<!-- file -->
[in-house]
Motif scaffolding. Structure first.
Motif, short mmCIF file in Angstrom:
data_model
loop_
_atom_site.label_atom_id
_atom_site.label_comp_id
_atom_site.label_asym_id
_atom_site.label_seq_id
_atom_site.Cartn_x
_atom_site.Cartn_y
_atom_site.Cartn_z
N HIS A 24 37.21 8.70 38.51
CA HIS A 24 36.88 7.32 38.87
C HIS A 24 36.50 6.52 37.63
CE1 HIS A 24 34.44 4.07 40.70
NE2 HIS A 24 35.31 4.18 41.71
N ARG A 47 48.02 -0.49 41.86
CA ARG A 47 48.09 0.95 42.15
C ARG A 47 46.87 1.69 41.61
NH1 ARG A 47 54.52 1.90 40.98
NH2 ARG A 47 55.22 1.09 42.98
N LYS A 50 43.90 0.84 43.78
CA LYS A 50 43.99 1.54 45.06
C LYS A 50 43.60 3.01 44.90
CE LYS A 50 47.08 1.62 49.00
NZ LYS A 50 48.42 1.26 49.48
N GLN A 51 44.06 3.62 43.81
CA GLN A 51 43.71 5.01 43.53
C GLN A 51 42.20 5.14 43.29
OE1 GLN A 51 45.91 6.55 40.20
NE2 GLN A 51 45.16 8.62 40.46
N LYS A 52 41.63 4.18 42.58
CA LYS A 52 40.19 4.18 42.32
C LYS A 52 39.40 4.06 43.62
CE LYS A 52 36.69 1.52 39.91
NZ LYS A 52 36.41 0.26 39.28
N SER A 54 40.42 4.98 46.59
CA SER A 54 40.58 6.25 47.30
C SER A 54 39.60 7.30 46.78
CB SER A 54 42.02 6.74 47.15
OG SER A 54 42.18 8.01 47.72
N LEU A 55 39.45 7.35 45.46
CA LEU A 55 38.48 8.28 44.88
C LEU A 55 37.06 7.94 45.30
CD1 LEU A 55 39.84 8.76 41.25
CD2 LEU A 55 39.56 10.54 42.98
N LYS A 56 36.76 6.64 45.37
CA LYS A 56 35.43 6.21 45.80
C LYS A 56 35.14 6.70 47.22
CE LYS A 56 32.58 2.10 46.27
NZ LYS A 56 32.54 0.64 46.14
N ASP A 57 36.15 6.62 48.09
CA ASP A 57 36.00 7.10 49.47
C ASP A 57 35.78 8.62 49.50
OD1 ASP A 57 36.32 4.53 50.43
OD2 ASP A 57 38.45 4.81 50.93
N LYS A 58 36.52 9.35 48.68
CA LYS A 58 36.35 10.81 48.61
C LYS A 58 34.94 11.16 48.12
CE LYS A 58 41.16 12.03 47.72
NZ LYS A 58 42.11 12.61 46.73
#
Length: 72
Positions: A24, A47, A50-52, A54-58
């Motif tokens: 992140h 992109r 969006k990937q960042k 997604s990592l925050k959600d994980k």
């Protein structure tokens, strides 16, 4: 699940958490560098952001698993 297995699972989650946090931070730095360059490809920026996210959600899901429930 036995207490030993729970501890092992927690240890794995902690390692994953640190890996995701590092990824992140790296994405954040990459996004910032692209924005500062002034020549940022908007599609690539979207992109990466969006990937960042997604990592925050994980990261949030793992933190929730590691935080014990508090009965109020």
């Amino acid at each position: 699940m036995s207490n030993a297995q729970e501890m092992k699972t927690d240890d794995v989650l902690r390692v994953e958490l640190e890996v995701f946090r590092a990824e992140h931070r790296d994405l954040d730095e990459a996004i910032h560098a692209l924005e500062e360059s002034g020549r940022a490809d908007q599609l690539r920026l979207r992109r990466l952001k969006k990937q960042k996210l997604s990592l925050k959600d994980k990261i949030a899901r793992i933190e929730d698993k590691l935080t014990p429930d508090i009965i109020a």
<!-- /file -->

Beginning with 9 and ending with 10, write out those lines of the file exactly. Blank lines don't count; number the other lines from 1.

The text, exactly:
_atom_site.label_seq_id
_atom_site.Cartn_x